Prepared as no Olympic host city before, Salt Lake City waits _ and hopes for the best
Friday, February 8th 2002, 12:00 am
By: News On 6
SALT LAKE CITY (AP) _ In a jittery world changed by terrorism, the opening of the Olympics means a shift into high gear for a $310 million security effort unprecedented in the history of sports.
The massive, multilayered plan has a little bit of everything, from helicopters and jets to high-tech surveillance devices and a force of nearly 16,000 security workers on the ground.
What all the money and preparation can't buy, though, is a guarantee.
``We may not eliminate risk entirely because there is no such thing as an absolute fail-safe guarantee in Salt Lake City or anywhere else,'' U.S. Homeland Security Director Tom Ridge said Thursday.
Police found that out on the eve of Friday's opening ceremony, when a bag that appeared to contain an explosive was discovered next to a parking garage near the Olympic media center downtown.
It turned out to be nothing but some electrical wires and fuses. But the massive response by Olympic security underscored fears that it might have been a ruse designed to gauge reaction.
``There's some concern it was like a trial run,'' Salt Lake Police City spokesman Craig Gleason said.
A plan three years in the making gets tested right away in the opening ceremony, where President Bush, U.N. Secretary-General Kofi Annan and three other heads of state will join 55,000 fans and the world's best winter athletes in Rice-Eccles Stadium, on the University of Utah campus.
``There is no margin for error,'' Secret Service agent Mark Camillo said. ``We don't get a second chance.''
To make sure none is needed, sniper teams will be positioned on nearby roofs and Black Hawk helicopters will hover nearby. To be extra sure, all flights in and out of Salt Lake International Airport will be halted for four hours.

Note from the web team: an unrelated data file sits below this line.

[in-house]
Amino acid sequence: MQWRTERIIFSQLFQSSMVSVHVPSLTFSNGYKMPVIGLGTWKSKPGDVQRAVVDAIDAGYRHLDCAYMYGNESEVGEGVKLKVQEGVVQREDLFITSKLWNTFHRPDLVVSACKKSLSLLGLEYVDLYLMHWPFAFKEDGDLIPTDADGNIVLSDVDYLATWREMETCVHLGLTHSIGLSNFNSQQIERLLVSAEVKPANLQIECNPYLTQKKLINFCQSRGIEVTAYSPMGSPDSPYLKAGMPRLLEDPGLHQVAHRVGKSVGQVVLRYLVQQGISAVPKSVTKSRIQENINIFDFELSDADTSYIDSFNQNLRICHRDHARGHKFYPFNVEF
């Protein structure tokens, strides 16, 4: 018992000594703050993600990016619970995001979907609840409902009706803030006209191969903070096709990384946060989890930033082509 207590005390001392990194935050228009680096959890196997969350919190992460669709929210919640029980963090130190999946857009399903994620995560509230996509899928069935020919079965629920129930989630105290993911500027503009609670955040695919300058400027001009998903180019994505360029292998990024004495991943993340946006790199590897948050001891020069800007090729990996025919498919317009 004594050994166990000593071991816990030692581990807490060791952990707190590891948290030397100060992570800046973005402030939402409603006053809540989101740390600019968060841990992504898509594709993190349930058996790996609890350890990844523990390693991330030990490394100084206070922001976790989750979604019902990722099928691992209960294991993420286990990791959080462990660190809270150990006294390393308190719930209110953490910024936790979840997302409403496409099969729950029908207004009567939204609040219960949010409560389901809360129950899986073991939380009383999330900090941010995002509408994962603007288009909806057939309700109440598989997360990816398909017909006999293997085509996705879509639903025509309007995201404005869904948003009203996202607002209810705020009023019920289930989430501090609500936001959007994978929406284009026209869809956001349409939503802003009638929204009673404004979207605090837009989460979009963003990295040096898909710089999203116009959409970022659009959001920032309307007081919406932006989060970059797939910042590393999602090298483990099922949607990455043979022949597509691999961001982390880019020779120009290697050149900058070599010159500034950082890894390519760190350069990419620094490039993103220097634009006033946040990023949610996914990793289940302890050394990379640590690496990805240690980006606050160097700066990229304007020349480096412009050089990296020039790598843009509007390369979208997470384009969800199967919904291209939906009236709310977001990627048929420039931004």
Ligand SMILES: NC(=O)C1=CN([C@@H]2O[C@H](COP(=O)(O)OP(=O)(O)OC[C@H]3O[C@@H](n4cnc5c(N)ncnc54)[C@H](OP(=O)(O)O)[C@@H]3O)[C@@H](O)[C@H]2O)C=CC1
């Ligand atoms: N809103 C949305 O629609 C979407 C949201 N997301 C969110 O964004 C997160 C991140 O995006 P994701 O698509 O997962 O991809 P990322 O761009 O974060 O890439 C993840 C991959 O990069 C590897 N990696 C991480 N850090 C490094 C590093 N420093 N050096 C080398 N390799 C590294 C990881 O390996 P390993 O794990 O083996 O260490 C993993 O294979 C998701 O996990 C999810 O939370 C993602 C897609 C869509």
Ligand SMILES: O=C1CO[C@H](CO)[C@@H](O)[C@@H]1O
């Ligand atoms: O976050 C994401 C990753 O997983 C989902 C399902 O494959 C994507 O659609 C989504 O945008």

The Secret Service has employed everything from the latest technology for fighting bioterrorism to bomb-sniffing dogs that will make daily sweeps through Olympic venues in a sprawling 900-square-mile area, in the Salt Lake Valley and the nearby Wasatch Mountains.
Outside the stadium, spectators will stand in long lines waiting to get through metal detectors under the watchful eye of National Guardsmen carrying M-16s.
Everything is in place. Nothing, it is hoped, has been left to chance.
Fifty-nine agencies make up the security force, which rivals the size of a major city police department. Nearly 16,000 security personnel _ enough to give each athlete six bodyguards _ are charged with making the games safe for athletes and the 1.5 million ticket holders.
They've got history on their side, but the horror of the Sept. 11 terrorist attacks remains fresh in their minds. And if something goes tragically wrong, they know people won't forget.
``All that can be done to make this a safe place has been done,'' Salt Lake Olympic chief Mitt Romney said. ``This will be a safe place. I think you can make the argument this will be the safest place on Earth for 25 days.''
About the only thing they haven't figured out is how to move large numbers of people quickly through security checks. Waits of more than an hour are expected.
``We're absolutely ready to go,'' Secret Service spokesman Mark Connolly said. ``We're looking forward for the focus to move to the games themselves, the athletes and competition and away from the security preparations.''
Security planners have tried to keep much of the protection as unobtrusive as possible. Hundreds of police will look much like ordinary spectators mingling with crowds, and cameras will discreetly keep watch on all Olympic sites.
It's hard to miss the National Guard, though, and a close look into the woods near the ski slopes will find agents walking through the snow.
That's fine with most athletes, who say they welcome the protection.
``The more F-16s I see flying around, the safer I feel,'' U.S. skier Picabo Street said.